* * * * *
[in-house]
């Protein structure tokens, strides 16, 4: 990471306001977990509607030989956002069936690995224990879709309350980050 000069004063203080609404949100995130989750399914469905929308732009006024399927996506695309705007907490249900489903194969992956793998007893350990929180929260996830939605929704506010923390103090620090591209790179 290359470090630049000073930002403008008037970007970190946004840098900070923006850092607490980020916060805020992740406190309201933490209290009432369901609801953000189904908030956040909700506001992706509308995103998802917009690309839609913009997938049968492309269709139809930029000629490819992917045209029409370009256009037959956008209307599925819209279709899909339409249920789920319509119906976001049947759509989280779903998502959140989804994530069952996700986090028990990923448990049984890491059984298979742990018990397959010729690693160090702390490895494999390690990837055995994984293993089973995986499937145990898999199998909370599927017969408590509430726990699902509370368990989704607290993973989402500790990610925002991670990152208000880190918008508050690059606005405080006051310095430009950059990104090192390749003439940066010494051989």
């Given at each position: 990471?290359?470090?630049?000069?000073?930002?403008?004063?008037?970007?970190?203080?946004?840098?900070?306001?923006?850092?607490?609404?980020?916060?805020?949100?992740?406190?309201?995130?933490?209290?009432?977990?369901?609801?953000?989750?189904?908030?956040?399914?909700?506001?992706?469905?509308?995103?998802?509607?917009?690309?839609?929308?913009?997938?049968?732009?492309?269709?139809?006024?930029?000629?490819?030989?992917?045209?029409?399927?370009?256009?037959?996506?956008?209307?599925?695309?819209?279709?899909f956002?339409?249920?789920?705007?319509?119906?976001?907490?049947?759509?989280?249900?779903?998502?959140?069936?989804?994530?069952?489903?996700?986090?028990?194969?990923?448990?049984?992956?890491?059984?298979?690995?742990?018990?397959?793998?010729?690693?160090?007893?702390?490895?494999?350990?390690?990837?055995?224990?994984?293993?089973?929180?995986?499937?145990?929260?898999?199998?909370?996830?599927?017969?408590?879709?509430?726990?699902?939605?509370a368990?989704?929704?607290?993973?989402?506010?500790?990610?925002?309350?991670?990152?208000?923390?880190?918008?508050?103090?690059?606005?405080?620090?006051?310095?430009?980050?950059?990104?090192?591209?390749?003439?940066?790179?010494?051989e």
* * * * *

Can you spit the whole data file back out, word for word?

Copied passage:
[in-house]
């Protein structure tokens, strides 16, 4: 990471306001977990509607030989956002069936690995224990879709309350980050 000069004063203080609404949100995130989750399914469905929308732009006024399927996506695309705007907490249900489903194969992956793998007893350990929180929260996830939605929704506010923390103090620090591209790179 290359470090630049000073930002403008008037970007970190946004840098900070923006850092607490980020916060805020992740406190309201933490209290009432369901609801953000189904908030956040909700506001992706509308995103998802917009690309839609913009997938049968492309269709139809930029000629490819992917045209029409370009256009037959956008209307599925819209279709899909339409249920789920319509119906976001049947759509989280779903998502959140989804994530069952996700986090028990990923448990049984890491059984298979742990018990397959010729690693160090702390490895494999390690990837055995994984293993089973995986499937145990898999199998909370599927017969408590509430726990699902509370368990989704607290993973989402500790990610925002991670990152208000880190918008508050690059606005405080006051310095430009950059990104090192390749003439940066010494051989």
């Given at each position: 990471?290359?470090?630049?000069?000073?930002?403008?004063?008037?970007?970190?203080?946004?840098?900070?306001?923006?850092?607490?609404?980020?916060?805020?949100?992740?406190?309201?995130?933490?209290?009432?977990?369901?609801?953000?989750?189904?908030?956040?399914?909700?506001?992706?469905?509308?995103?998802?509607?917009?690309?839609?929308?913009?997938?049968?732009?492309?269709?139809?006024?930029?000629?490819?030989?992917?045209?029409?399927?370009?256009?037959?996506?956008?209307?599925?695309?819209?279709?899909f956002?339409?249920?789920?705007?319509?119906?976001?907490?049947?759509?989280?249900?779903?998502?959140?069936?989804?994530?069952?489903?996700?986090?028990?194969?990923?448990?049984?992956?890491?059984?298979?690995?742990?018990?397959?793998?010729?690693?160090?007893?702390?490895?494999?350990?390690?990837?055995?224990?994984?293993?089973?929180?995986?499937?145990?929260?898999?199998?909370?996830?599927?017969?408590?879709?509430?726990?699902?939605?509370a368990?989704?929704?607290?993973?989402?506010?500790?990610?925002?309350?991670?990152?208000?923390?880190?918008?508050?103090?690059?606005?405080?620090?006051?310095?430009?980050?950059?990104?090192?591209?390749?003439?940066?790179?010494?051989e």